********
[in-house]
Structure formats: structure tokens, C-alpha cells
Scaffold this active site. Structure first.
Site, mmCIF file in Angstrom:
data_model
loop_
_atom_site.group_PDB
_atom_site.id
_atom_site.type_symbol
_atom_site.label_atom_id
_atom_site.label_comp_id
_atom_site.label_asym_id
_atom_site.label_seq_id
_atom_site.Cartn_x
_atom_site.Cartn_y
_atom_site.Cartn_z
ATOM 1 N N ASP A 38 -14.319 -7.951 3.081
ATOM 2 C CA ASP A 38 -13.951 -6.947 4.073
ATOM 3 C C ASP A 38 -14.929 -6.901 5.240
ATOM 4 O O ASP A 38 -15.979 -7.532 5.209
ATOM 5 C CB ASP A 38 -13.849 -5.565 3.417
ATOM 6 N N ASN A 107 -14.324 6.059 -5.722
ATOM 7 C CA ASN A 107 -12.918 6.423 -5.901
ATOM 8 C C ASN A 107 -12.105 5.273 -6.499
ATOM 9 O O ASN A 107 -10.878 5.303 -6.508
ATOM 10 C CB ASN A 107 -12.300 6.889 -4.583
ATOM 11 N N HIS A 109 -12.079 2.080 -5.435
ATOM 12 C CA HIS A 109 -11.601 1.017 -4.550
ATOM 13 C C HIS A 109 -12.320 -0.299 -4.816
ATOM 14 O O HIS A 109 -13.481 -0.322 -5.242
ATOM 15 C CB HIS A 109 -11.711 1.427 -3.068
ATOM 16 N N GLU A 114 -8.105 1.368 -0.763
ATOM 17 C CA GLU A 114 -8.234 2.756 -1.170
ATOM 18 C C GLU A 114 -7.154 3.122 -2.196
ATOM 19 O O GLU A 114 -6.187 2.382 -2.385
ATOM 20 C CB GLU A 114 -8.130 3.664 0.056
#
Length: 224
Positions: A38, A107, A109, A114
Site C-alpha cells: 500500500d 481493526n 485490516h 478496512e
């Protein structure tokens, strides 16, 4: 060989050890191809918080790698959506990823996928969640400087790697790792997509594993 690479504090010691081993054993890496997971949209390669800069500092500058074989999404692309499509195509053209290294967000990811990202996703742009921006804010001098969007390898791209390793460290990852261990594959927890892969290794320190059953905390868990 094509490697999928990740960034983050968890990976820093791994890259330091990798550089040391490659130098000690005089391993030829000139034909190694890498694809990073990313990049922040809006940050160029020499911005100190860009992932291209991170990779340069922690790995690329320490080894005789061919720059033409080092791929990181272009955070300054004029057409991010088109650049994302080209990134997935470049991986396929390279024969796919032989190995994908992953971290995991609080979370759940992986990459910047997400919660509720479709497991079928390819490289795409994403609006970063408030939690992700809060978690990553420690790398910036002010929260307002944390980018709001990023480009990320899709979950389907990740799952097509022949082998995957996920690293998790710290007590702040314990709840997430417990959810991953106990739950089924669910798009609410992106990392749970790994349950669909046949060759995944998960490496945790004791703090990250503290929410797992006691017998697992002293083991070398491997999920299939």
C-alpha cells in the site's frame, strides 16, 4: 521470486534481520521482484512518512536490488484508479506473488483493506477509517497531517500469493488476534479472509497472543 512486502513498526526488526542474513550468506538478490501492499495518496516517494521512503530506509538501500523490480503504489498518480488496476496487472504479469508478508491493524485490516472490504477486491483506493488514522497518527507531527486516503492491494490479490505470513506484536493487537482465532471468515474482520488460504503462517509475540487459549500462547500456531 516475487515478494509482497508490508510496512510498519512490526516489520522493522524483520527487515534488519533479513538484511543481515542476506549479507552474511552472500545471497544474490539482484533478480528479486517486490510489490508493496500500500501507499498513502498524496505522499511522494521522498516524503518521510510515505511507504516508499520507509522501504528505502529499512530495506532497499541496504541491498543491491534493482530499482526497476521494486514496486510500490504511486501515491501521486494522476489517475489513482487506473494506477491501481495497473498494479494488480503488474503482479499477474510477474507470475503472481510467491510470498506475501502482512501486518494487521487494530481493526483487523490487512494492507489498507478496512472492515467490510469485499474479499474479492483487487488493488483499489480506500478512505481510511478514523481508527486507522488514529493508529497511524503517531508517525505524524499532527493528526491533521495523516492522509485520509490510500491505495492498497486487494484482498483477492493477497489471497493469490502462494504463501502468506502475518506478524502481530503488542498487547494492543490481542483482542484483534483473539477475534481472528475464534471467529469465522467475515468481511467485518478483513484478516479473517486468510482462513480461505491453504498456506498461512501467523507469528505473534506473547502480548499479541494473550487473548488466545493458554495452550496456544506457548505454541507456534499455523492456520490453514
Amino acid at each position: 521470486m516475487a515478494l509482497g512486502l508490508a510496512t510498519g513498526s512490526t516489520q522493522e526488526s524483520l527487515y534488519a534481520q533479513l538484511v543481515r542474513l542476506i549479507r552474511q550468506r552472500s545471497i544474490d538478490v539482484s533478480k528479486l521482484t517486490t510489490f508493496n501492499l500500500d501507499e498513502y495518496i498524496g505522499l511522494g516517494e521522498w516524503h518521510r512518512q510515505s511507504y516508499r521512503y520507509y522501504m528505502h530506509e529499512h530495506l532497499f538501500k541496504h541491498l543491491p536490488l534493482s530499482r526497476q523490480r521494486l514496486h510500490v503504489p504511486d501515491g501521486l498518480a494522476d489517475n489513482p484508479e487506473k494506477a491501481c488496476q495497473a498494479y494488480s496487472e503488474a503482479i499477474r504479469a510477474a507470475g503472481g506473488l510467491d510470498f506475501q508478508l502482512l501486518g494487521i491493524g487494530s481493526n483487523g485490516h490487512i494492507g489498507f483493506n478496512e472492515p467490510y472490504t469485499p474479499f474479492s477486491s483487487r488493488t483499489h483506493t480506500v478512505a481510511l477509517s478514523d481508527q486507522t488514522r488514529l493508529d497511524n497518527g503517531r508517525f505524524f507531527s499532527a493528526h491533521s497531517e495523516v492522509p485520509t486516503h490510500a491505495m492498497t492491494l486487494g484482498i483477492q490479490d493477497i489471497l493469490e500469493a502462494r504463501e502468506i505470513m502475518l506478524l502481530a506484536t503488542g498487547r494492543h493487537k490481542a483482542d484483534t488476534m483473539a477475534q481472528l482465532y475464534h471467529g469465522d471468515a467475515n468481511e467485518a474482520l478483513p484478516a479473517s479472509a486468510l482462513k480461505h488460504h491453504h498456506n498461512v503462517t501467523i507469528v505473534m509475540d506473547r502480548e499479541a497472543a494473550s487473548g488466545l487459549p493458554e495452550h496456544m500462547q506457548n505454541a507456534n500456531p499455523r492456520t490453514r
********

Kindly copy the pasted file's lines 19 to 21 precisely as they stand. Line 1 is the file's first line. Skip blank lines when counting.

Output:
ATOM 3 C C ASP A 38 -14.929 -6.901 5.240
ATOM 4 O O ASP A 38 -15.979 -7.532 5.209
ATOM 5 C CB ASP A 38 -13.849 -5.565 3.417